On the blogby Alfred
January 8 2019

Tannins, a question of experience and intuition

by Pascale Lemieux

When you drink a glass of red wine, you definitely talk about its tannins. I like to think that everybody has the capacity to stop for a moment, take a deep breath and feel what the wine has to offer. But where do the tannins come from and what justifies the number of qualifiers used to describe the texture in mouth; discreet, thin, chalky, fleshy, strong, astringent, silky, green, robust, etc.? How is the analysis of the tannins in a wine important when we talk about balance? I will try in the following text to demystify some of the mystery associated with this substance contained in wine, chocolate, and tea.

First of all, the tannins in the wine come mostly from the grapes (the skin, the seeds, the stems) and the barrels in which the wine will continue its maturation. Logically, during vinification, the more skins, seeds, and stems, the higher the tannin content in the wine. The grape variety used for the production also plays a major role in this matter. Grape varieties like; Malbec, Cabernet Sauvignon, Syrah and Nebbiolo will produce wines with higher tannin content. But, this is only one factor among many that influences the structure, texture, and body of a wine. Take the Cabernet Sauvignon, for example. This variety is vinified in different regions of the world through the Bordelais in France, Margaret River in Australia and Napa Valley in the United States. Although they are all from the same grape, the tannins in these wines will also be characterized by their place of origin (terroir), the techniques used during the vinification, and the type of barrel used for maturation.

During the maturing phase of the grapes, the date of the harvest must be carefully established according to the phenolic maturation: the moment when the phenolic compounds of the grapes (tannins and anthocyanins) reach their optimal concentration. This date is of great importance since an early harvest could cause astringent tannins, whereas if done too late, the tannins may lack structure. The longer you wait during the ripening period, the more sugar increases in the fruit, but the acidity decreases. The result will be a wine with a high alcohol content that lacks acidity and balance in the end.  Any winemaker who wants to develop a quality wine has to taste the evolution of the grapes every day. Thus, he will be able to establish the optimal harvest date for a vinification with grapes at ideal maturity and the desired amount of tannins.

In the winery, the winemaking techniques are endless, and it is up to the winemaker to establish his own methods: depending on what type of wine he desires. The most crucial step in tannin extraction occurs at the fermentation stage. During this phase, at a controlled temperature (between 20 and 32 ° C), the winemaker must decide the maceration time of the grape skin with its juice (can vary from 8 days to 3 weeks). He must also determine the number of pigeages and remontages, operations that promote the extraction of tannins and aromas in the wine. The quality of the press used is also really important for this matter. The goal is to press the grapes as gently as possible to release the juice without crushing the seeds that release unwanted aromas. The question of using grapes destemmed or not at the beginning of the fermentation process also arises. Many winemakers are experimenting, while the trend of fermentation with whole bunches of grapes has been in vogue for the last decade. It is not uncommon to see the percentages of whole clusters allocated to fermentation on the description of the back label. The addition of supplements is also possible (tannin powder and wood chips) to increase the tannin content, but the texture in mouth will never be as refined as when the natural tannins of the grapes are incorporated. A general rule to the different wines made all around the world is that the aging of wine in oak barrels makes it possible to transmit substances to the wine (tannins and aromatic compounds). Oakwood has the property of gradually incorporating oxygen into the wine. This very slow oxidation process has the effect of stabilizing the wine, bringing structure and color. But, the contribution of wood is not automatically beneficial to the wine, a mediocre wine at the base will not benefit from aging in oak barrels.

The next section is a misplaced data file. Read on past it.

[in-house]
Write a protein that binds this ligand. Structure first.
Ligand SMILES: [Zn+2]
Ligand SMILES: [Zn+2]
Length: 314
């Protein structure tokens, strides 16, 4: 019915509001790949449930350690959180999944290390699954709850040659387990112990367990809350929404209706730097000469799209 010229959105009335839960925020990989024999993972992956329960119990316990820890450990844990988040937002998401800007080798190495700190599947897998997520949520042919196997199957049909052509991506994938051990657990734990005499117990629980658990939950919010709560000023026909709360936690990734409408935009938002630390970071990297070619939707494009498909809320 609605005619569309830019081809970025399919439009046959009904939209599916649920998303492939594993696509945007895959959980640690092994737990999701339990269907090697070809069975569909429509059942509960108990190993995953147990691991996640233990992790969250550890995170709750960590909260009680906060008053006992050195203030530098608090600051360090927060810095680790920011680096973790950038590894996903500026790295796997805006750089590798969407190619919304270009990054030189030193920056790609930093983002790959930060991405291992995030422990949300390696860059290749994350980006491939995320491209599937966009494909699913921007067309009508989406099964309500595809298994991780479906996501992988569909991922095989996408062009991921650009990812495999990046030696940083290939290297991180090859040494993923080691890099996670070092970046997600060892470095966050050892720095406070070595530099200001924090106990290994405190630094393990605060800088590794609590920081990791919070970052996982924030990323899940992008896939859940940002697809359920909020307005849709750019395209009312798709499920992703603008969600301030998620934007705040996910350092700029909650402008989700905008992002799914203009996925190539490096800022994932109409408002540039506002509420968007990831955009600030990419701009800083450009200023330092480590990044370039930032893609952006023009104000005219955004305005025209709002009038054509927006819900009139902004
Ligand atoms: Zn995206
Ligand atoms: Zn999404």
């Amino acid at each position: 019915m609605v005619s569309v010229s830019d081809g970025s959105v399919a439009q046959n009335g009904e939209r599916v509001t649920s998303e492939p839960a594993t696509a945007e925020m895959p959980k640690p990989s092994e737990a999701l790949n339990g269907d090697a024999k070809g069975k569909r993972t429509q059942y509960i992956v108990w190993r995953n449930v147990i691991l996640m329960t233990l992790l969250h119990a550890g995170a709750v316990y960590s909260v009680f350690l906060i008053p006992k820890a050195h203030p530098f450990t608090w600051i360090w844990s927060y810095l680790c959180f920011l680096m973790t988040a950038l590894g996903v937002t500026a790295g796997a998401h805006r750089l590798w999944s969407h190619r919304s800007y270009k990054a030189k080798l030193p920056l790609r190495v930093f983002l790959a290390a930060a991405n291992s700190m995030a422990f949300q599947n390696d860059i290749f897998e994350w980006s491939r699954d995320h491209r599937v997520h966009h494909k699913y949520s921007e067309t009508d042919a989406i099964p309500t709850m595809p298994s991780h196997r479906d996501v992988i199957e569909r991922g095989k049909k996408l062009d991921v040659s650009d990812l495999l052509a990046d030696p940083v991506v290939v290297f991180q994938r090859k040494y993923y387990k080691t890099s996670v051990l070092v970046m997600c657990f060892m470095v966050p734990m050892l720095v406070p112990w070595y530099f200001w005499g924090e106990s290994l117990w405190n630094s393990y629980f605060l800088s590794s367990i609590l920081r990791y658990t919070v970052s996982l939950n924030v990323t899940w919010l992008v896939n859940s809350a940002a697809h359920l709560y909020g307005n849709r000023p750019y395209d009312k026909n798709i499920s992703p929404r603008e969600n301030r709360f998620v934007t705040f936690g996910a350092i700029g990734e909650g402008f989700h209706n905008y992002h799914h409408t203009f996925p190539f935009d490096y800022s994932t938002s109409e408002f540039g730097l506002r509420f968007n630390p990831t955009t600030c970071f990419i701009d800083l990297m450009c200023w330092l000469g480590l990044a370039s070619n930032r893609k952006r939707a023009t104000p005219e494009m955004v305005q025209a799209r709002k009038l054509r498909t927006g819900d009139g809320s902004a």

Finally, at a tasting, the types of tannins in a wine will greatly influence its balance. If the tannins are ripe and spread harmoniously throughout the mouth, feeling more towards the back rather than in the front of the palate, we can conclude that they are pleasant. If a nice acidity and a good level of alcohol support and accompany these tannins, it will be said of the wine that it has balance with a potential of guard. Whether you like them tighter, structured and stronger or rounder, coated and greasy: there are types of tannins for all tastes and occasions. Personally, I do not get bored of what tannins have to tell when I blindly taste a glass of red wine: what grape variety is it made from, where does it come from, was it a hot or fresh… Here is a complex red wine: juicy, with excellent aging potential, structured, and elegant tannins. To decant imperatively before serving. Great tasting!

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